What's Cooking in "The way to health"
by Error on October 26, 2016 - 4:22pm
In the Osler library, there is a book titled “the way to health”, written by Thomas Tryon in the 17th century. The book in question was a reprint, however, and was only the second edition and not an original, being published in the year 1961. The book was written in English, and did not weigh very much, only around 3.5 pounds, ideal for the lower rank citizens that it targeted. The book was printed in 8o as was common for books targeting the poorer classes of society. It has clearly been used to a large extent, and many pages are stained by watermarks, suggesting that it was frequently used by its original owners. However, despite its clear signs of use, the book is in surprisingly good condition, and has obviously been cared for. At the very least, one of the owners valued it enough to have it rebound, and although the binding is not of the highest quality, it is also by no means the cheapest. All in all the book has been well preserved and cared for, and is a very good example of the sort of remedy book a lower class family would have in their household.
The book, “The Way to Health” is a strange existence when looked at in the context of Harold j. Cook’s “Medicine”. The problem is, that according to cook, the paradigm should have shifted by the time the book was published in 1691, and should have been fully focused on the more modern view of discreet systems. Why is this? Was Cook wrong? Or is there some other explanation? The explanation lies within the context that the book would have been found in. The book does not conform to Cook’s argument, not because the argument is wrong, but because the people reading it were not part of the shifting paradigm.
The book was published in 1691, but it was not written in 1691 as it is a second edition. This means that it could very well have been written when the paradigms were only beginning to shift, which would explain the otherwise conflicting dates. Also, it is worth noting that a paradigm shift is not a sudden thing, but a much more gradual proses, that would allow for certain people to remain in the previous paradigm even after Cook’s “date” because it is period, not a moment. By this logic, the date of the book’s publishing is not so contradictory to Cook’s theory.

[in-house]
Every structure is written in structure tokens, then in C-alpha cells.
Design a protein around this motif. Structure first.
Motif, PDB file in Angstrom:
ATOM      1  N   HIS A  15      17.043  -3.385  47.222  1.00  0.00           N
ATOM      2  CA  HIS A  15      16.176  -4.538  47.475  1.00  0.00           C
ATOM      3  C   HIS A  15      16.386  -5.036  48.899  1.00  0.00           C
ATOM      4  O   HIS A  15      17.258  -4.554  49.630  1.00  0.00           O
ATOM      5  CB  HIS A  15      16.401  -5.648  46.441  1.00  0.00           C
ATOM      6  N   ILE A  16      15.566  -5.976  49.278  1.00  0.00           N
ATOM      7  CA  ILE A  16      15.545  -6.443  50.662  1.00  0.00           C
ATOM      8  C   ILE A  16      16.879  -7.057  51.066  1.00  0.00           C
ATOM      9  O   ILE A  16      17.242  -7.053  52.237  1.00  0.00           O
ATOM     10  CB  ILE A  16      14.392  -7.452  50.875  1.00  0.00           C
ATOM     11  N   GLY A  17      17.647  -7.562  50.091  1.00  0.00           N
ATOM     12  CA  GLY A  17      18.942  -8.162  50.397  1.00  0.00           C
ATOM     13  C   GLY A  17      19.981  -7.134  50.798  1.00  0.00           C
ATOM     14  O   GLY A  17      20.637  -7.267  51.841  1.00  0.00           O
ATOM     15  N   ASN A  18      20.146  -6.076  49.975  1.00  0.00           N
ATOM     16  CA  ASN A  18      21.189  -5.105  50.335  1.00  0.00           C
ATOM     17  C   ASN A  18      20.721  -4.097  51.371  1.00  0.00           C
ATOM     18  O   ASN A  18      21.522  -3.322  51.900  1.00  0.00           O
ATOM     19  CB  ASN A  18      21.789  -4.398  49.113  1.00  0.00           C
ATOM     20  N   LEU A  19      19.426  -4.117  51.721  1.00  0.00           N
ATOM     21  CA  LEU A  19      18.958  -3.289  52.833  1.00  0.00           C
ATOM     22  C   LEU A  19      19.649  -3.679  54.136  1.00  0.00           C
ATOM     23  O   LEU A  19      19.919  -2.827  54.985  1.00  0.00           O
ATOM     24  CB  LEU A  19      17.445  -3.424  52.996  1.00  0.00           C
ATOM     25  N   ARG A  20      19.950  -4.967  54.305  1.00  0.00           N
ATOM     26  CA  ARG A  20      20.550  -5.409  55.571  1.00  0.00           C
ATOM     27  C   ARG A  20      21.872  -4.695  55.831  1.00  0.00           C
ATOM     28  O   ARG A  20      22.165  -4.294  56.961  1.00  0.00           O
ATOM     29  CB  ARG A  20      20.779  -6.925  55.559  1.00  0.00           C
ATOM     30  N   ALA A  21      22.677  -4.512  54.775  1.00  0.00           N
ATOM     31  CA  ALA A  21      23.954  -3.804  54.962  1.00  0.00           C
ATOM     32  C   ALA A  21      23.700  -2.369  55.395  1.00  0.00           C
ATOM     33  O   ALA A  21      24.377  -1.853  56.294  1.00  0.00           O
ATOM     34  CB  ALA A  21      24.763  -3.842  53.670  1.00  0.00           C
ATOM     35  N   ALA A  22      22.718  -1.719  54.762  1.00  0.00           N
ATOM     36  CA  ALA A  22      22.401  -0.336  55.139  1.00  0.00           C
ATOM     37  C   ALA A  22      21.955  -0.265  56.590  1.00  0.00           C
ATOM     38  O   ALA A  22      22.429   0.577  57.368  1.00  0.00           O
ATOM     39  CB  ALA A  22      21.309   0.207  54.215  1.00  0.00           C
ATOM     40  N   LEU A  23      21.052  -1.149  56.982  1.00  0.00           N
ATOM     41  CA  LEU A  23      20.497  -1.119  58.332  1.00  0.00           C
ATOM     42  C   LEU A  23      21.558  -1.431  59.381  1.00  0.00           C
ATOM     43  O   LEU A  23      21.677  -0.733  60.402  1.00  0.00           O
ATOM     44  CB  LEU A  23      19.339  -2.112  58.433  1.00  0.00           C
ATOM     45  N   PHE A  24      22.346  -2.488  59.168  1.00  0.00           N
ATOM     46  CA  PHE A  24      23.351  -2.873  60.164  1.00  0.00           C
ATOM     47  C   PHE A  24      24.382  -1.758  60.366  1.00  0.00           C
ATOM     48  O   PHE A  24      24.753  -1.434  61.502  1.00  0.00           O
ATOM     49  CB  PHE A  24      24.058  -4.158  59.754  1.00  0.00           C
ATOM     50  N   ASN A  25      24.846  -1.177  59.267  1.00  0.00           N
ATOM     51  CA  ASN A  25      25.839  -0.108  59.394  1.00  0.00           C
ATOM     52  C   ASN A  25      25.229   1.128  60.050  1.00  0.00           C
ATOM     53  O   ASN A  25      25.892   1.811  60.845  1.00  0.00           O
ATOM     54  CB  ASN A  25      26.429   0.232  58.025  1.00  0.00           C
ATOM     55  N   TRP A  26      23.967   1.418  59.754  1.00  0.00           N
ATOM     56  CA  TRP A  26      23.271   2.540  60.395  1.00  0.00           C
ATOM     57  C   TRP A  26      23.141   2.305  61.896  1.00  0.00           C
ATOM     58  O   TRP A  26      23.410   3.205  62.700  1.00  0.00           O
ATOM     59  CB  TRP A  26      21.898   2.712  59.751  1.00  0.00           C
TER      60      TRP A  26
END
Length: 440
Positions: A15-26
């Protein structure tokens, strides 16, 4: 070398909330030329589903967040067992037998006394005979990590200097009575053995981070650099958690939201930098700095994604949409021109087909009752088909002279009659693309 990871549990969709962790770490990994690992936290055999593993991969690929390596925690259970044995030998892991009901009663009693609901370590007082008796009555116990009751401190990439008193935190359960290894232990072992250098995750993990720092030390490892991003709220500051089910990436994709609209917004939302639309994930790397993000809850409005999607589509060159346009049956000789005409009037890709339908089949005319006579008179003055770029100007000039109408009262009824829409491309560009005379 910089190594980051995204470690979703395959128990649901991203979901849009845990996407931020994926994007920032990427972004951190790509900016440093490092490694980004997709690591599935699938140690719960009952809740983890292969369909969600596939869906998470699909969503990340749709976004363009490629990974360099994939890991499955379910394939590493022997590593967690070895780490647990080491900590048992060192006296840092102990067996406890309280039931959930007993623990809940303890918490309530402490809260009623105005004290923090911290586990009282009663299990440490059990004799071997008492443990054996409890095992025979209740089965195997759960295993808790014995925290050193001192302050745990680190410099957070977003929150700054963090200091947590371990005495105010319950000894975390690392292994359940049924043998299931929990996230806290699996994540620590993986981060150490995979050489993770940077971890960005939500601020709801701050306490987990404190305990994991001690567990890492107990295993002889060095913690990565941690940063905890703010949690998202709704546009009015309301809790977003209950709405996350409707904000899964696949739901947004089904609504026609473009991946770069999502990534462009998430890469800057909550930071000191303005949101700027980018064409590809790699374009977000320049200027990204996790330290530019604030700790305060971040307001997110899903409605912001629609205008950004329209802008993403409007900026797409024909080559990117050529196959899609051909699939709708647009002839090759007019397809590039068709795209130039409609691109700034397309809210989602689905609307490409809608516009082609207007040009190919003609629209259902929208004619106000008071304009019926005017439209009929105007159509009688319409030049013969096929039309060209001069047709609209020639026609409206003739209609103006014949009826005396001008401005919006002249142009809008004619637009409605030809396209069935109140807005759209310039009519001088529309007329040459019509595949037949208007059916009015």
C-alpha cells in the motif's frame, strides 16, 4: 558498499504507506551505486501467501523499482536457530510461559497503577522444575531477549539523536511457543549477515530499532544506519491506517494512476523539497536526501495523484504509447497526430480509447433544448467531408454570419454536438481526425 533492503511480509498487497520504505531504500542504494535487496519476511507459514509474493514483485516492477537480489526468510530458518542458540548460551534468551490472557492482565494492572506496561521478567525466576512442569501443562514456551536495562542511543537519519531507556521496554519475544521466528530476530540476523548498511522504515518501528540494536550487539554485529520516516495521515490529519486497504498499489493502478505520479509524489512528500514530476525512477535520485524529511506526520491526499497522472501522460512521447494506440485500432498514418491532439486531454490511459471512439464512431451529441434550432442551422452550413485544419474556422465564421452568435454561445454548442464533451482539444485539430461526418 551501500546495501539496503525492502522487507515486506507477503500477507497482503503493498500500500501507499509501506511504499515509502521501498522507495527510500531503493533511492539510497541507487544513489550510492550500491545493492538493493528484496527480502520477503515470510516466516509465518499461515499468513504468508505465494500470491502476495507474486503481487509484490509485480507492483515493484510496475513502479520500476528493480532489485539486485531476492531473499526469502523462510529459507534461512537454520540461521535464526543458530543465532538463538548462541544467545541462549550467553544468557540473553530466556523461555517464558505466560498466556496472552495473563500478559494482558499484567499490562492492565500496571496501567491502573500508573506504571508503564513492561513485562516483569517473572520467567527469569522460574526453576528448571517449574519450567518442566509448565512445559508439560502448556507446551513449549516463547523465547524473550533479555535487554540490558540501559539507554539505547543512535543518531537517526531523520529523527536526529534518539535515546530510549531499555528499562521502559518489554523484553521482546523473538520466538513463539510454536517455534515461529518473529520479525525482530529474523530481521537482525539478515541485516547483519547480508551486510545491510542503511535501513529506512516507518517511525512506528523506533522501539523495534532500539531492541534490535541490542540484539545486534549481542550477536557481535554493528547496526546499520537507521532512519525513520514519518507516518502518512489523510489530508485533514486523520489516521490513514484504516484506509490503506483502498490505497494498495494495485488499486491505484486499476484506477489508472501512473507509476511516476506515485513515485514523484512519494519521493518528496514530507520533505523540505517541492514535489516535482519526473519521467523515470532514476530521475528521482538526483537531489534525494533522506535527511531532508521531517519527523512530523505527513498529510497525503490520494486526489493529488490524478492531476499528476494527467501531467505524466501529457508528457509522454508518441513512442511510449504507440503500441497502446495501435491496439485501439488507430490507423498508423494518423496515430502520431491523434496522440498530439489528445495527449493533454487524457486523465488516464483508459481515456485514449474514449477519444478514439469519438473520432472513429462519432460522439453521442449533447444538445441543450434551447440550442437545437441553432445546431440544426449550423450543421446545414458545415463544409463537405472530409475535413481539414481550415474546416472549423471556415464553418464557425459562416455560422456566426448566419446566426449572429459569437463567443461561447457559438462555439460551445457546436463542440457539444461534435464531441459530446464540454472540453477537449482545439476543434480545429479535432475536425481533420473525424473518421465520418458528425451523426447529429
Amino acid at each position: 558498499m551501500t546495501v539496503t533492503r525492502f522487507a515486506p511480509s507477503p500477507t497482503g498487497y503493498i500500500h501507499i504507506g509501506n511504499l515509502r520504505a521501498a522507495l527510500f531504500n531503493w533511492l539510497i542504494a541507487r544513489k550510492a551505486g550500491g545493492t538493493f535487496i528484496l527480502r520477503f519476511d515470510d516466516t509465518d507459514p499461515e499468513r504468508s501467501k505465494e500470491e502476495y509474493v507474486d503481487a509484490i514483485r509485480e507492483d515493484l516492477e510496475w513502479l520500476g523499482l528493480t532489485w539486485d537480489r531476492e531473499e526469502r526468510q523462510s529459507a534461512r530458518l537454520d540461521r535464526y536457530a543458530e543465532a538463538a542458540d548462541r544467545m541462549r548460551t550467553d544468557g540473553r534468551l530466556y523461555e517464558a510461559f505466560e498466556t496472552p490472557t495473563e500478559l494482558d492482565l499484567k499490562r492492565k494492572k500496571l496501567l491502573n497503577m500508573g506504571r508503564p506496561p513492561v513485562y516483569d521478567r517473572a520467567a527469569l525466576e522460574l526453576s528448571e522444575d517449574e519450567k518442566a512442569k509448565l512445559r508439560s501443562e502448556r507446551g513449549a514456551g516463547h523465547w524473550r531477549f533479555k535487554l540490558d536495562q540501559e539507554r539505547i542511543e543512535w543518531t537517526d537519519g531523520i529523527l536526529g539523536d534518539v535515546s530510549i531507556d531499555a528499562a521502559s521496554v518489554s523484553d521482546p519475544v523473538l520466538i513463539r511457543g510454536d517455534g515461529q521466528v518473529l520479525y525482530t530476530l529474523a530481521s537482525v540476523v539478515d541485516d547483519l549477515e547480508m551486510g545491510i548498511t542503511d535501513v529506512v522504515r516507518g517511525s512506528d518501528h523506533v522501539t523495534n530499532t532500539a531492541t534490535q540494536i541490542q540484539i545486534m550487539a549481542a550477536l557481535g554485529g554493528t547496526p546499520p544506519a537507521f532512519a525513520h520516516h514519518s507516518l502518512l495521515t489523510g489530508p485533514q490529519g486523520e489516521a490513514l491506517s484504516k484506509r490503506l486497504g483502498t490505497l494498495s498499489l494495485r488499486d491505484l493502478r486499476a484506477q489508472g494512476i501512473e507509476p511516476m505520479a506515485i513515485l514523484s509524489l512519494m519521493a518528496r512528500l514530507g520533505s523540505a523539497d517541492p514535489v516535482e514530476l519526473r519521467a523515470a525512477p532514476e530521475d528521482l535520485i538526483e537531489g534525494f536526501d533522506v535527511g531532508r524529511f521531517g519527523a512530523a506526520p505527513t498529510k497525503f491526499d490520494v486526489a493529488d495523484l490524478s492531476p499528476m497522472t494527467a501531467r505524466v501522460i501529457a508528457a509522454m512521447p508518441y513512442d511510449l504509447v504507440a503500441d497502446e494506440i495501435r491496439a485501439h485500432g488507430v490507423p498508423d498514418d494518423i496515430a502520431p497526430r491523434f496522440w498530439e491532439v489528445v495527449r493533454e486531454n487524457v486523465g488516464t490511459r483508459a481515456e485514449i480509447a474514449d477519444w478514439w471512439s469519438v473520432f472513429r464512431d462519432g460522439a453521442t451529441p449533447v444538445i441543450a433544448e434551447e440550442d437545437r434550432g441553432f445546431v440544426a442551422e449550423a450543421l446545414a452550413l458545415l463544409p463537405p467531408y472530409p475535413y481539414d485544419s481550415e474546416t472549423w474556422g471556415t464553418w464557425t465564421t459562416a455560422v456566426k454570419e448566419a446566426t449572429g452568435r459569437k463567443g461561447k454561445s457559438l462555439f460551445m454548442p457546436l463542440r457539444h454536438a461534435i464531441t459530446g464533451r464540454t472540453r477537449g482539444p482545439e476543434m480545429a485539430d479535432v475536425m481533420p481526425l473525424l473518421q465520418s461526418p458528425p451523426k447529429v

It is also very important to realise who this book was written for. The contents of the book are not geared towards physicians nor surgeon, but towards the common people. As a book with a far less educated audience, it was not necessarily swept up by the shifting philosophies of the medical elite. The people reading this book were uneducated, and as such were far below the paradigm shift. Common people were still very much convinced by humoral theory, as it had a far deeper connection to their core beliefs, both about how the world worked and religion. This means that the audience also serves as an explanation as to why the book does not seem to conform to Cook’s theory, which is primarily focused on the changes that happened in the science of physic.
Tryon, Thomas. The Way to Health. London: H. C., 1691.
Harold J. Cook, “Medicine,” in Katherine Park and Lorraine Daston (eds.) The Cambridge History of Science (Cambridge: Cambridge University Press, 2003): 407-434.